Like many people after last week's devastating tornado in Moore, Okla., Morgan Hines had an urge to help. And she was determined to follow through with it.
Hines, who recently finished her junior year at Kansas University, used some connections she had in the Oklahoma City area to organize a relief trip for herself and fellow members of Douglas County Young Life, a local Christian outreach ministry for area youth.
"A lot of people talk the talk: about doing good and about their faith. Morgan quietly lives it out," said Rick Mumford, area director for Douglas County Young Life, which serves nearly 1,000 local students, from middle-school to college age. "She's just so authentic in who she is and her identity."
After Hines told Mumford what she planned to do, he put the word out to other students in his organization. Five more volunteered, and the group drove to Oklahoma City on Tuesday.
"We really wanted to serve God by helping people and doing what we could to give people hope," Hines said. "We see it as a time when we can lift people's spirits when they otherwise feel like they have nothing."
The six volunteers, who are all current or future KU students, assisted with a makeshift grocery store at a Norman, Okla., church set up to dispense the multitude of donations it had received. They also helped clean up the wreckage in the city of Moore, including at a 28-acre property strewn with debris.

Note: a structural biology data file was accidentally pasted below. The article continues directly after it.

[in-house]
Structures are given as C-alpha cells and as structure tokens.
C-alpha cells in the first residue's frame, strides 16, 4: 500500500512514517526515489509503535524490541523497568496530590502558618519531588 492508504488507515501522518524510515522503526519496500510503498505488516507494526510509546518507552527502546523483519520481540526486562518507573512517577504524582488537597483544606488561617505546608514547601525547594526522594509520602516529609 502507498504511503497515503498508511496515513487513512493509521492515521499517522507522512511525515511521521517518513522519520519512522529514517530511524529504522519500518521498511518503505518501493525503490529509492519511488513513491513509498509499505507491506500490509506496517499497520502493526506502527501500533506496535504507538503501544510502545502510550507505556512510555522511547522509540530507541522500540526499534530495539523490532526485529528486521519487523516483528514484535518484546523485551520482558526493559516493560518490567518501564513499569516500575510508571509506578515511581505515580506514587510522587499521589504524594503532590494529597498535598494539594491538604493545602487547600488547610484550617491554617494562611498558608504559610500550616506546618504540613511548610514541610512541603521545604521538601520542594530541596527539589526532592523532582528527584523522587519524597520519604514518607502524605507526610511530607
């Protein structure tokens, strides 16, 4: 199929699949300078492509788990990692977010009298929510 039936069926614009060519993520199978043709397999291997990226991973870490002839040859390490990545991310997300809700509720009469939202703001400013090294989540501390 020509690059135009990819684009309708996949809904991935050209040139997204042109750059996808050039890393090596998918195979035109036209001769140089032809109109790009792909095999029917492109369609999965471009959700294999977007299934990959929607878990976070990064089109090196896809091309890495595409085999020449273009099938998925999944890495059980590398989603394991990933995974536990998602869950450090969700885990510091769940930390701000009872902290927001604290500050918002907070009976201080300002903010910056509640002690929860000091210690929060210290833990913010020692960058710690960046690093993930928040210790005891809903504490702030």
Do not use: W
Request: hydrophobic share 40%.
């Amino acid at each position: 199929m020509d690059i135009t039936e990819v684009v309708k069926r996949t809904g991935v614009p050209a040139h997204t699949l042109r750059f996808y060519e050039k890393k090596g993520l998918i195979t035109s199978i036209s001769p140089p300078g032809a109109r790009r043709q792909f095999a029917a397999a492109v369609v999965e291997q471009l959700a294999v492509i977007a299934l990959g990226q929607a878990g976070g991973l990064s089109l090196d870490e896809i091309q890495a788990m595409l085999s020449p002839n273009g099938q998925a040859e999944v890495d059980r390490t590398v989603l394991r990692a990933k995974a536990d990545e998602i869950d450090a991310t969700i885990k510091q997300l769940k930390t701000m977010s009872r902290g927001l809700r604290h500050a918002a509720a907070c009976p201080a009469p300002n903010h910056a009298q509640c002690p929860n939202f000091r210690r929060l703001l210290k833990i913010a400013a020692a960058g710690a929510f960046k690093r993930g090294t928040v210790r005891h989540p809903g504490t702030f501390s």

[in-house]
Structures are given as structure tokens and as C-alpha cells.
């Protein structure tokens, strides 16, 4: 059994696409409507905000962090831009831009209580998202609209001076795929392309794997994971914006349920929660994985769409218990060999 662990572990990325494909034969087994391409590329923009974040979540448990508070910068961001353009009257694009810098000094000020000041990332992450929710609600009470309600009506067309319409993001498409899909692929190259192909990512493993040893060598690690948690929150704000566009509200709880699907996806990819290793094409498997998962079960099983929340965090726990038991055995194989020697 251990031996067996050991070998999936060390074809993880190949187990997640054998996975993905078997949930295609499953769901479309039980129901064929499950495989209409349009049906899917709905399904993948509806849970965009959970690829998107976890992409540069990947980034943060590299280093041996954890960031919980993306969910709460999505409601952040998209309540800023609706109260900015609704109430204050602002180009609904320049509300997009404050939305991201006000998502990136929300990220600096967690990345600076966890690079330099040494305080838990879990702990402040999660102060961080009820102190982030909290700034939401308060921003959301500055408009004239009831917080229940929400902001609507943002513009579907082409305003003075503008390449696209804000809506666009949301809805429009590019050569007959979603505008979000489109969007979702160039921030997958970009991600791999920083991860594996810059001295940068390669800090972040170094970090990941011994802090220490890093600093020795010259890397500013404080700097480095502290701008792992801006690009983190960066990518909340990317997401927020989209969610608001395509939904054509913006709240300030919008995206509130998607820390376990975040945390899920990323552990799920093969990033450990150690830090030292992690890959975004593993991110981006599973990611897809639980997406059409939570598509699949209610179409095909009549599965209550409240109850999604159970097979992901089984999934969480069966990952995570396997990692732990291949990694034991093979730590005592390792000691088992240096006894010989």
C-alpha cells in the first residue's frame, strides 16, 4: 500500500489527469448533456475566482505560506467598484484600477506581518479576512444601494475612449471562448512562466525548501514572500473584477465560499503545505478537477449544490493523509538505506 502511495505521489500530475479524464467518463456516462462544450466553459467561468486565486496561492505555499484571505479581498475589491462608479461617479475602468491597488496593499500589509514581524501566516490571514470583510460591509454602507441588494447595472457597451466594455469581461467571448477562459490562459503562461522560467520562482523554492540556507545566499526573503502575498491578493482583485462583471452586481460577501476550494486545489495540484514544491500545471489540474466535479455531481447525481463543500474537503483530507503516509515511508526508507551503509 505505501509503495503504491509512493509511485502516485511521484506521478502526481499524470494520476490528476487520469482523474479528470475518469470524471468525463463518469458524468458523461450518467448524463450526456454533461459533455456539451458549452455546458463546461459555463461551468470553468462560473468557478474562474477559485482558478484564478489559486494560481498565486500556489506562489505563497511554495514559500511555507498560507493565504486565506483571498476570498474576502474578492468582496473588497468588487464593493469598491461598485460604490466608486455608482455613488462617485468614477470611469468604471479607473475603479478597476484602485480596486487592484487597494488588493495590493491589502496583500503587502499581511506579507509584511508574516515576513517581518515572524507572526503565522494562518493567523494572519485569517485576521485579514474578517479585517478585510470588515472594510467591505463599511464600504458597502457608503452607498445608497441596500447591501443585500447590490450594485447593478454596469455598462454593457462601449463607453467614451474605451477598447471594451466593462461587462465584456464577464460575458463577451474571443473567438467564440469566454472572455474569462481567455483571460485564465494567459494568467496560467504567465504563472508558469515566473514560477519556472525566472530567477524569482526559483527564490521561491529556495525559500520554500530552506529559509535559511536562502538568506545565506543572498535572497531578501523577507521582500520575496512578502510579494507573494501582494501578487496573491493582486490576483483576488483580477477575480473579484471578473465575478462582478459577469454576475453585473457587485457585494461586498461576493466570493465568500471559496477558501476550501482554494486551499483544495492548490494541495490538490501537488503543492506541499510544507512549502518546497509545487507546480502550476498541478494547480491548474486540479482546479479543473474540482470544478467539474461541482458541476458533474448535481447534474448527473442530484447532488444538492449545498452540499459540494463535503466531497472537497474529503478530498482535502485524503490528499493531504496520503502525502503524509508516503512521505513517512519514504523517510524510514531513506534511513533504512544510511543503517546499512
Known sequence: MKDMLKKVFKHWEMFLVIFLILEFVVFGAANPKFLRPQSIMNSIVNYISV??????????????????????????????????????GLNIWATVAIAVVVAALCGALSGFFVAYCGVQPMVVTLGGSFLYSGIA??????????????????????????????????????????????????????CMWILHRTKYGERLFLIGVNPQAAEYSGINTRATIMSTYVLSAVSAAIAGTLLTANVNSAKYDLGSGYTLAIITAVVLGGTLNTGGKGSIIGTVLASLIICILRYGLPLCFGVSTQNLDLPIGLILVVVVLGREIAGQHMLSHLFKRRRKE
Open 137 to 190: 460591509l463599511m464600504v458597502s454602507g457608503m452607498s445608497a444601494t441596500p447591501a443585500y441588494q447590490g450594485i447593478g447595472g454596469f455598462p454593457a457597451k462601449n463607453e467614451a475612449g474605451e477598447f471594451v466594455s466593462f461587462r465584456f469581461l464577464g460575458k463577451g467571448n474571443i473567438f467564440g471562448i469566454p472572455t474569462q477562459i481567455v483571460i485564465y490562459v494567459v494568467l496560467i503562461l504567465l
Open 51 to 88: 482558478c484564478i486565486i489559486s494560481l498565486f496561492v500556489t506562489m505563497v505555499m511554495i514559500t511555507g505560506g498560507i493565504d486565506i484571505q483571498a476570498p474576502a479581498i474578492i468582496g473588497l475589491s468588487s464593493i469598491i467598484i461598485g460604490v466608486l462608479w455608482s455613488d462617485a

"The amount of trash and garbage was overwhelming. The city was devastating," Hines said. "But it was amazing to see people, and really the body of Christ, come together to serve the community."
The students stayed at Christ of the Harvest Church, which partnered with Service International to coordinate its relief effort in Moore. The Lawrence contingent returned home Thursday night.
In Young Life, through various camps and mission trips, members learn that "there is a world out there in need of help and love and encouragement and assistance and understanding," according to Mumford. What stood out about this one is that it was organized by the students themselves.
"I'm a lot like a proud dad," Mumford said Wednesday. "I'm just so thrilled to see that it's more than just information, but it actually soaks in and changes the way these kids look at the world. All those blood, sweat and tears we poured into these kids, and they are having an impact — it's kind of like payday for me."
Hines said the trip really helped put things in perspective for the group, showing them that life is about much more than material goods.
"Tragedies like this truly cause people to step back and realize that there has to be more to life than just what we see," she said. "Our possessions can be taken away in an instant and if we don't think there is anything else to life, everything we live for is gone and we have nothing."